To what extent are the new religious components in the nascent Arab democracies a threat?
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To what extent are the new religious components in the nascent Arab democracies a threat?

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A short reflexion about the new religious components in the Arab world in the light of the religious components within the Western democracies.

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Published by
Published 28 June 2012
Reads 98
Language English
Amman, Jordan
26.04.2012
To what extent are the new religious components in the
nascent Arab democracies a threat?
When the question of the future of the Arab countries after the “revolutions” in 2011 comes out, the
question of the rising Islamist power comes back as a serenade. Most people speaking in
conferences, writing in the media, or coming from the civil society are addressing their fears about
the new religious component in the Arab countries.
Should we fear the Islamist political parties? Should the civil society try to fight them and protect
“Democracy” from their antidemocratic intentions?
I will neither pretend to understand Islam or Islamist power, nor given any predictions in this
matter. Nonetheless, I would like to raise some key issues that appear to have been forgotten in
discussions and debates about the phenomenal success of the Islamist political parties. Indeed, if
any generalization about the aftermaths of strong Islamist political parties is meaningless, I think
that a genuine analysis of what underlines these debates can be relevant. Effectively, most of them
are sustained by unconscious comparisons with European political and societal systems which are
usually considered as
religiously free
and
democratic.
Both of these assertions need to be
correctly analyzed.
My first point concerns the term of “Democracy”. Too often, we are wondering whether the
Islamists will be able to build a genuine democracy or whether they are going to ruin it. The main
issue in this kind of discussion is the tacit acceptance of “Democracy” as a clear and defined entity,
which in reality does not exist as such.
The definition of democracy has become settled according to the European experience, with some
legitimacy regarding the fact that European democracies are the oldest and so far the most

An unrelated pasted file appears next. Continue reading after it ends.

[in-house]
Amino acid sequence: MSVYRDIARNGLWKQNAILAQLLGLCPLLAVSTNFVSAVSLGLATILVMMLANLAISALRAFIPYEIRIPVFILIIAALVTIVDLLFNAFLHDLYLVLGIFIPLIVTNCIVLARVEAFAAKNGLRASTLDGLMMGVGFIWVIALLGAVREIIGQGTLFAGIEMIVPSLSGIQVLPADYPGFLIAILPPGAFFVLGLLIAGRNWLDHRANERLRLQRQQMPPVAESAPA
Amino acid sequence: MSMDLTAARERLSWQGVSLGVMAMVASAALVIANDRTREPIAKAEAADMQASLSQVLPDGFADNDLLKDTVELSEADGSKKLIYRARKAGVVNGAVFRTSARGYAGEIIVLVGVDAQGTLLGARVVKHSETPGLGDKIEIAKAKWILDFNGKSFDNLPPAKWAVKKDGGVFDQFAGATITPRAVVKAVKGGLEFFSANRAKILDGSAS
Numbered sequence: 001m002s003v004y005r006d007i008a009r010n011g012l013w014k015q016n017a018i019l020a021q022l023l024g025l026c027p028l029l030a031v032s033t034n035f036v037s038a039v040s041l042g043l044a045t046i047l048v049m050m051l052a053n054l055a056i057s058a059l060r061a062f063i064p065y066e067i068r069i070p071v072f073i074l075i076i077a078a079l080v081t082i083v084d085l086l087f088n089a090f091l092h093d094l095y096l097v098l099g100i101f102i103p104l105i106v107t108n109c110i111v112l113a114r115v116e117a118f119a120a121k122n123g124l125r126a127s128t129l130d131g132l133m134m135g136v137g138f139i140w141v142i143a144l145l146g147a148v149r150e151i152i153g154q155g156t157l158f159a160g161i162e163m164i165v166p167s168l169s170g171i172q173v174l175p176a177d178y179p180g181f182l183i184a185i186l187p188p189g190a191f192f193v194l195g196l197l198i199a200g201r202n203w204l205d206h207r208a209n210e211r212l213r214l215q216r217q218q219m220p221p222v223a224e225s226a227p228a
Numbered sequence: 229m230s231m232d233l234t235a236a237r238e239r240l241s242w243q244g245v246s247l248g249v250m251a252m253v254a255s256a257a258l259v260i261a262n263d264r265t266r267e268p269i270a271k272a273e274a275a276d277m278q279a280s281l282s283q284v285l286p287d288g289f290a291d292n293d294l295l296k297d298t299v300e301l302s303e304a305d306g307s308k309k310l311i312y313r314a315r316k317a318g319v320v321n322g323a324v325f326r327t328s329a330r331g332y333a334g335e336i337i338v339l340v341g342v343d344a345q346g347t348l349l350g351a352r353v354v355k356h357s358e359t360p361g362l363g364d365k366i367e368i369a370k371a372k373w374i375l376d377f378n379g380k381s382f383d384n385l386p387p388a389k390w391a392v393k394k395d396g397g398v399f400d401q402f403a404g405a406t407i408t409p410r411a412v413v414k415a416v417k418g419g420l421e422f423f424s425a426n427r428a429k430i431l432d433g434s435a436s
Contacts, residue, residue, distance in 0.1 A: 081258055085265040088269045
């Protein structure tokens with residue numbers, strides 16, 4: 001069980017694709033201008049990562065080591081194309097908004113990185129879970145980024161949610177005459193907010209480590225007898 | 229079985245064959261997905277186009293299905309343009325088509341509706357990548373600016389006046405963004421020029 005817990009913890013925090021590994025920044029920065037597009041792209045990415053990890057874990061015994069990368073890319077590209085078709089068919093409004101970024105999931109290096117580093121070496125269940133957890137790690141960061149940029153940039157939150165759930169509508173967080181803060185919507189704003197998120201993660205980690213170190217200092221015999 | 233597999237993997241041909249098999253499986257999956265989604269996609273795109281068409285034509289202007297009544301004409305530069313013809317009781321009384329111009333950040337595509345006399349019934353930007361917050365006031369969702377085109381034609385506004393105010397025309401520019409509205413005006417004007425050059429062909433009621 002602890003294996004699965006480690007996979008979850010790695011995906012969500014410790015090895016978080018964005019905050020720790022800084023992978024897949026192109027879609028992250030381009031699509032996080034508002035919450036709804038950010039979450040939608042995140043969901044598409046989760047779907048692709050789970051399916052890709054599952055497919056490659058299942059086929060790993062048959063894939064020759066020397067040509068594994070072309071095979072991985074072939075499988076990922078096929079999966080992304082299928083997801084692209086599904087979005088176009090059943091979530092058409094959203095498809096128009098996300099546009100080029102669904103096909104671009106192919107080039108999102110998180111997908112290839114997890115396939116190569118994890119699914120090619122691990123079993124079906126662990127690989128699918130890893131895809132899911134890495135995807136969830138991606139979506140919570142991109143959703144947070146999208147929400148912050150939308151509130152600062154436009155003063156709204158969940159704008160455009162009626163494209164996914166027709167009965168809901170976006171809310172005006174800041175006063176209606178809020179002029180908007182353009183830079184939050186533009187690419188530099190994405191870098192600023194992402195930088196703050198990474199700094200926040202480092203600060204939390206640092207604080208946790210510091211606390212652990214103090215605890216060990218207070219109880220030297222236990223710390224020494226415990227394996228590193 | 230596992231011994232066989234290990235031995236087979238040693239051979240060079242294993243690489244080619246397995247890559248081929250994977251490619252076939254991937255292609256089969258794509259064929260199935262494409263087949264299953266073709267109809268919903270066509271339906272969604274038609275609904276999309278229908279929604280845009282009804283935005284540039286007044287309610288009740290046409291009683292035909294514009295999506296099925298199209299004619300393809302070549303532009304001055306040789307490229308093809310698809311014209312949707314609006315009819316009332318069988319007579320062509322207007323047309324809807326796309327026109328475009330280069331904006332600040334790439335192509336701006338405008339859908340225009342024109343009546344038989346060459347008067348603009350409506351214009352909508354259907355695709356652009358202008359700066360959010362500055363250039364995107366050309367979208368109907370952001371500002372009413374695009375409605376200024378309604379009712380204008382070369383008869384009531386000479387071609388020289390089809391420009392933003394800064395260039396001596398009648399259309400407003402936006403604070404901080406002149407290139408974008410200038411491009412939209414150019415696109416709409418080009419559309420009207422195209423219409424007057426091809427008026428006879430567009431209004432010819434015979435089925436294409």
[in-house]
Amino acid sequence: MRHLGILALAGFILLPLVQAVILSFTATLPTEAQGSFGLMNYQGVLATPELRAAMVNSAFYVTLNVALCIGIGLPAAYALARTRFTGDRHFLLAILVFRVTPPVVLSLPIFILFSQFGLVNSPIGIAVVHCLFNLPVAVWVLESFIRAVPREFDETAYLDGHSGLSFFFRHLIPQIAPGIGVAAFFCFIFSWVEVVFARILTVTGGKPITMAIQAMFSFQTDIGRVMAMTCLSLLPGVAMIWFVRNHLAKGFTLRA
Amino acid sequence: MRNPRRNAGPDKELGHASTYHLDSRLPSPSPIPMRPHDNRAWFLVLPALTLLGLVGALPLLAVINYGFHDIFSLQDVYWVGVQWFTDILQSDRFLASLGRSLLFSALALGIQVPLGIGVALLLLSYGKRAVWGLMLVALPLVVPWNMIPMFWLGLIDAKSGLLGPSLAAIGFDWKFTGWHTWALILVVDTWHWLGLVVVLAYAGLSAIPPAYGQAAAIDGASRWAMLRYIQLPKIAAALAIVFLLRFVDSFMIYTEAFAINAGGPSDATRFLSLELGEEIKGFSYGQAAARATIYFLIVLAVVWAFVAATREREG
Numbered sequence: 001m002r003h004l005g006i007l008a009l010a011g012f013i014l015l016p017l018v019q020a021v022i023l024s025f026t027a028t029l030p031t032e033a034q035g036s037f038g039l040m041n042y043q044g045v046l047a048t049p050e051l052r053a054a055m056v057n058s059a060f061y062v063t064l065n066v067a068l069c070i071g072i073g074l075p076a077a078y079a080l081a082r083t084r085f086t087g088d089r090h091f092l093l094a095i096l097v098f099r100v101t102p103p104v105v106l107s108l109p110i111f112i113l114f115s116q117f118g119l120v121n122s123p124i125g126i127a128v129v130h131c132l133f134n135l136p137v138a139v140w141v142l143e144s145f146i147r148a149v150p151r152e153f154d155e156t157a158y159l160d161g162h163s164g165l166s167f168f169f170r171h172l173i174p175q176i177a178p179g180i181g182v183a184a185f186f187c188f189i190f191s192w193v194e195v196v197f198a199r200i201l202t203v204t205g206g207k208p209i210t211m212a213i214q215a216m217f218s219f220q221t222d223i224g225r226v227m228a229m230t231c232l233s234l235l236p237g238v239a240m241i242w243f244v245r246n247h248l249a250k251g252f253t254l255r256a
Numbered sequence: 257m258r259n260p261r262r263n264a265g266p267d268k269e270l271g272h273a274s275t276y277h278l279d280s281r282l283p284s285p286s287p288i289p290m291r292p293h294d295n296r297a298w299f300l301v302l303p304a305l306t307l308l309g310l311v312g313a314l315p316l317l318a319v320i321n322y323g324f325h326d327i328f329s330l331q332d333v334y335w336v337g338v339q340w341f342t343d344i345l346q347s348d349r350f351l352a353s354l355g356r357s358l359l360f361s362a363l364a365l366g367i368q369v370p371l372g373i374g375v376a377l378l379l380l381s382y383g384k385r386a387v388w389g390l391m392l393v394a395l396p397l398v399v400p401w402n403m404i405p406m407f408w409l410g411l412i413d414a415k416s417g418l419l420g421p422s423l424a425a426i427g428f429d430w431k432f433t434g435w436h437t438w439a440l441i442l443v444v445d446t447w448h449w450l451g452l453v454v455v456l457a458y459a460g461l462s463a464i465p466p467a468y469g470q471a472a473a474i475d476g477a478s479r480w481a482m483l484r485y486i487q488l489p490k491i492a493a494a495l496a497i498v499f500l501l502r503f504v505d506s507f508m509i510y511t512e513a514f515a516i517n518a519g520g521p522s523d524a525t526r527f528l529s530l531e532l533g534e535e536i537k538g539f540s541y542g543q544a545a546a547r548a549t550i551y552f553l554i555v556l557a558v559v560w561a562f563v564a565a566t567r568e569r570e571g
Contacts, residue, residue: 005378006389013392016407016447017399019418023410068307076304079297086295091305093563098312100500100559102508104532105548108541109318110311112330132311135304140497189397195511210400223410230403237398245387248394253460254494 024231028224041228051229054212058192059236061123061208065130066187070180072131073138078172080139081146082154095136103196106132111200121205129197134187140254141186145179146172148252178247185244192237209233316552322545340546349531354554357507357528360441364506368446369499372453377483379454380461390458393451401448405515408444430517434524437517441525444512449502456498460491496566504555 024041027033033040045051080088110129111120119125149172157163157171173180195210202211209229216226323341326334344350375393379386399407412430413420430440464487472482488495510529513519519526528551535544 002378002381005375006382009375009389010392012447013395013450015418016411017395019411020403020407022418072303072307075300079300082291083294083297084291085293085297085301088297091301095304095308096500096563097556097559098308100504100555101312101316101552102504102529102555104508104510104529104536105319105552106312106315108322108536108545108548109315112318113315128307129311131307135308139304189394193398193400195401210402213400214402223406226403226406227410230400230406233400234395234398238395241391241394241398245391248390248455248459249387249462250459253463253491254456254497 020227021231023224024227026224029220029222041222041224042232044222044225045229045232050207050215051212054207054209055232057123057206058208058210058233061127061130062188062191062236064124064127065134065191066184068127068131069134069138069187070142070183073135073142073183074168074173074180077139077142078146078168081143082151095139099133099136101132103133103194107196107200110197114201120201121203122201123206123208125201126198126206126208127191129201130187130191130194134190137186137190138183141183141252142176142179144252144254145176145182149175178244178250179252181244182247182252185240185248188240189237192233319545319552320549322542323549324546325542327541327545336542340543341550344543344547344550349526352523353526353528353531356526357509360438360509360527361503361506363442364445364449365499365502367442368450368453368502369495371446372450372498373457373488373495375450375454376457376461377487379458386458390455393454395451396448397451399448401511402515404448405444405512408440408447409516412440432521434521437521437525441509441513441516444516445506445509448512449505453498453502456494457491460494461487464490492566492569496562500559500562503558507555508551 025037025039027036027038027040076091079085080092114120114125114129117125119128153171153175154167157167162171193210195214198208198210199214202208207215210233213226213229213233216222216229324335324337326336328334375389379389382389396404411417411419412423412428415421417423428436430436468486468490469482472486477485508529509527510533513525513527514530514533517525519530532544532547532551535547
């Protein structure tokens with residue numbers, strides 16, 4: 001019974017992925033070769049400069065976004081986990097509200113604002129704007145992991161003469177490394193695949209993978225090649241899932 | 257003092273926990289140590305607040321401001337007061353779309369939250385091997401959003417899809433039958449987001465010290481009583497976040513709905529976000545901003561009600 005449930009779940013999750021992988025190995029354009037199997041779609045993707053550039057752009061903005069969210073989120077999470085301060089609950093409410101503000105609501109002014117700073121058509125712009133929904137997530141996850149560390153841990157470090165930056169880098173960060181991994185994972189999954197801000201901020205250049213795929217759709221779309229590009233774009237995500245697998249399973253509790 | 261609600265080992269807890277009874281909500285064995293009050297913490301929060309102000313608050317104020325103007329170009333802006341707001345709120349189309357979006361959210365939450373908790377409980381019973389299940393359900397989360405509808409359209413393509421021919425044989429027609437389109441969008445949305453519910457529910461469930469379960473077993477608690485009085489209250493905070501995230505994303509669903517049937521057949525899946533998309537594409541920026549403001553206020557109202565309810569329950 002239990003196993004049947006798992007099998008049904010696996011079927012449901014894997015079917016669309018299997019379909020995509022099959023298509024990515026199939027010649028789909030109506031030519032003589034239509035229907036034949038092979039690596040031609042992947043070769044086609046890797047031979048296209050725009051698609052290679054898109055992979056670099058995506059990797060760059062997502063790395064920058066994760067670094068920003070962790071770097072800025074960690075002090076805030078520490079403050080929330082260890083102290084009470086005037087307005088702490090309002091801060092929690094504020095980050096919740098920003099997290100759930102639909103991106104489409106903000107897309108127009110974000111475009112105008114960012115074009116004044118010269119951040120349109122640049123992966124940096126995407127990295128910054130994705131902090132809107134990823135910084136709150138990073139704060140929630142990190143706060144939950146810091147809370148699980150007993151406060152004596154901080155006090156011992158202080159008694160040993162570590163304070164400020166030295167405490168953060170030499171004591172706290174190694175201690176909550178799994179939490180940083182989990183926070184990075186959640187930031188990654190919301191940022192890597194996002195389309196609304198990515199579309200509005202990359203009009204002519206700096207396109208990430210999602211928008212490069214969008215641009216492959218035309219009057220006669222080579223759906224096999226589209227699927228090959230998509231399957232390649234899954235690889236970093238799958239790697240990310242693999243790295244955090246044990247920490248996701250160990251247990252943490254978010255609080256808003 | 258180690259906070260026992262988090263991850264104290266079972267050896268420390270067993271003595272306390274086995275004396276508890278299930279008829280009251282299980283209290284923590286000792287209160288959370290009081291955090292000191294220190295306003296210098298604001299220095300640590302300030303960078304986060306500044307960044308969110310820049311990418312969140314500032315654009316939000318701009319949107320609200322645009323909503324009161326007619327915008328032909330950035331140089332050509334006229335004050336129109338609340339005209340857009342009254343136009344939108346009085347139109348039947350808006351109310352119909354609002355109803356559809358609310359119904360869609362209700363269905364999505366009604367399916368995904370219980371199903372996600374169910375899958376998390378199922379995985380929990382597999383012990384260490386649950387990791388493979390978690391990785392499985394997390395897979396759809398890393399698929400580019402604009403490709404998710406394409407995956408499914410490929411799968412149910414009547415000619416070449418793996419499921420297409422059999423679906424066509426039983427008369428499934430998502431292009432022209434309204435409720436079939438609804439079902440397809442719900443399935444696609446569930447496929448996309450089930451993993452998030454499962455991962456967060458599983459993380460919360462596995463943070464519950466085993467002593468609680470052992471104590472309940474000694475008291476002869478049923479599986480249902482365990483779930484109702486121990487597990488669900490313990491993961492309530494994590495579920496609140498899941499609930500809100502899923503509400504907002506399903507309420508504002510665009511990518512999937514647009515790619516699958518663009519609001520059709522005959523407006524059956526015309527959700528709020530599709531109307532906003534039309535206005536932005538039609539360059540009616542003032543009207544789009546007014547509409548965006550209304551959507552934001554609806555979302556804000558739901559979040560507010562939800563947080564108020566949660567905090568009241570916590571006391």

efficient. Nonetheless, it is essential to underscore that each country in Europe has developed its
own political structure which could be considered more or less close to a “Democracy”, that is to
say a political structure which gives the power to run the State to the “people”.
Even if some common principles are respected throughout Europe, there is no uniformity in
matters of democracy. For example, the Swiss citizens benefit from a very wide range of political
powers. They have the right of
initiative
, which is the right of proposing a new law or the right of
referendum
, consisting in the possibility to contest a law approved by the Parliament without
previous consultation of the population. At the same time, the French citizens elect their president
and their Parliament every five year only. The power given to the French citizens is considerably
reduced in comparison to those given to the Swiss people.
As the democratic systems are tremendously various and diverse throughout Europe, we should
admit that most probably the Arab countries will also develop their own and various political
systems in their region. A democracy can absorb many different practices without being threatened
and each Arab country will choose how far it wants to involve Islam values and practices in its
political structures.
My second point concerns the presence of religious parties in a democratic political life. The
Western World is sustained by Christian values, and, except in the case of France, partly
constituted by religious political parties which are more or less powerful. The abortion laws are a
good example of the power of some religious, especially catholic political parties and of the respect
of religious values in different countries in Europe. In Ireland, abortion is allowed only if the
mother's life is threatened to death, while in Switzerland abortion is allowed upon request, but not
after a certain number of months of pregnancy..
Without speaking about the situation in the United State where various rising Christian lobbies are
very powerful in the political life and convey some very antidemocratic positions, we can say that
democracies in the Western World have managed to make a compromise with religious
components or values at the same time along
with developing a democratic system. This
evolution was not easy and it took a lot of time to accommodate both the secular and the religious
components, but up to now we can say that the Western World was pretty successful in this
adventure.
Coming back to the situation in the Arab region, I cannot make any prognostic but I wanted to raise
the fact that to integrate religious political parties and religious values in a democratic political
structure is not only possible, but also the most usual way that European countries have found to
deal with the religious components. Two main issues seem to be discussed and probably disputed
among the Arab society: the respect of minorities and the plurality. Without both elements, we
cannot speak about democratic systems anymore. Except for these points, the spectrum of
possibilities to develop a democratic system and let the Arab region free to organize itself as it will
suit it best seems wide.
The process is long but I am anxious to see how the Arab region will be able to reinvent the
concept of democracy for this part of the World.